17. Sep 1, 2009 #16
    Well I don't believe that you're courseload is bad at all, the hardest thing for me would be maintaining interest in both biology and physics (I tend to change scientific interests like most people change music preferences...for a few months I'll love physics then I hear about a neuroscience theory and want to learn everything there is to know about it...then it'll change to medicine then to aerospace engineering...it's rather annoying). I would imagine you'd do fine since you're already in your sophmore year.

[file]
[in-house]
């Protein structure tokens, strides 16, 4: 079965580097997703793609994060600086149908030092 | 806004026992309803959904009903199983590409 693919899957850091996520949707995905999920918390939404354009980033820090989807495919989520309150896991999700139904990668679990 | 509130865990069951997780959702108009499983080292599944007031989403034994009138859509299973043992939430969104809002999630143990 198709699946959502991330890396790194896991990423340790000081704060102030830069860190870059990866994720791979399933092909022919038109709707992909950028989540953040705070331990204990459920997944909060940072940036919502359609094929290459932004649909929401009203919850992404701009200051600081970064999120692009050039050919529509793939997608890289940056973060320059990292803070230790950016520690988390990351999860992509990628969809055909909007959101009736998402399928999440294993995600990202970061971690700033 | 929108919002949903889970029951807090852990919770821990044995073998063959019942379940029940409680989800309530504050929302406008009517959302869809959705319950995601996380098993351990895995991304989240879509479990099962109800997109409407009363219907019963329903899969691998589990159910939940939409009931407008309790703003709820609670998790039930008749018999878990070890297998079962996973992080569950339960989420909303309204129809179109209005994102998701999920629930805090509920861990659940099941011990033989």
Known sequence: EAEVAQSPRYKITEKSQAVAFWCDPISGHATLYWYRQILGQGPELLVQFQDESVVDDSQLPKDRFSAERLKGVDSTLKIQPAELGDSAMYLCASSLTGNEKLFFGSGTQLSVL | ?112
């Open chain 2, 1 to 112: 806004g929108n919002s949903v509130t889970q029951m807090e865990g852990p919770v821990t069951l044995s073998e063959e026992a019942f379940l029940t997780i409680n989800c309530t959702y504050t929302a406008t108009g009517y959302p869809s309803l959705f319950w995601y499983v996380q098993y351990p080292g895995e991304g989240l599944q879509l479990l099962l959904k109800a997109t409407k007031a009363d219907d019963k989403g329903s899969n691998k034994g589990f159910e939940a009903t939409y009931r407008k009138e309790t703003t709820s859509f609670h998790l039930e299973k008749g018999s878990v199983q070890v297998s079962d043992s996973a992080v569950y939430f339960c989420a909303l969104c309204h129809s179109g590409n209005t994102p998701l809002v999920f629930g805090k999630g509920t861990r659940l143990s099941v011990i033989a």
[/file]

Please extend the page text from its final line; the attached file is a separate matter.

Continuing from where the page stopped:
I've read other posts on this page and pretty much none of them know what they're talking about when they hear your extracurricular with med school. I've talked to several admissions officers at Med Schools (in the US) and they all would agree with me when I say that as long as you keep your extracurriculars you'll be perfectly fine. Med schools DO NOT want someone who is a total square/nerd. If you like ballet and orchestra and do them in your free time, then you have more of an edge than your competition would with a 4.0 GPA. The Dean of Admissions at Stanford once said that he could fill every opening in the med school with PhD's and undergrads with 4.0's, they're a dime a dozen. But students who have an alright GPA but are passionate about horseback riding or started a band in college are the ones they would rather matriculate because they are real people, not science drones. The people who don't see going to an ivy league school as their crowning accomplishment but instead that they won regionals in a dance competition are the kind of people that medical schools want, they want people who don't get everything perfect the first time and think it's the end of the world when they don't. But don't get me wrong, you won't get into Harvard with just a 3.5 GPA, 32 MCAT, and won the Ironman competition, you need to NAIL the MCAT, for Harvard that is, 32 is just fine for anything under top 30 schools. The MCAT is like the most important thing you'll ever do that will get you into medical school. Every admissions officer I've talked to has told me that a good MCAT score can go a long way, like have a 3.5 GPA but a 42 MCAT will get you into top schools, that is accepted, not matriculated...that's only part one, part two and three of the application process are solely on you being a real person, not a science dweeb. So in short, don't be a total dweeb, continue the extracurricular activities, work at a hospital. Oh and the only thing you WILL NOT get into a medical school without is shadowing a physician, this will show that you really don't know what a doctor does, just what you might see them do during what limited time you get at a hospital. You NEED to shadow a doctor to learn if you want to be one, and get an L.O.R. from them, that always helps.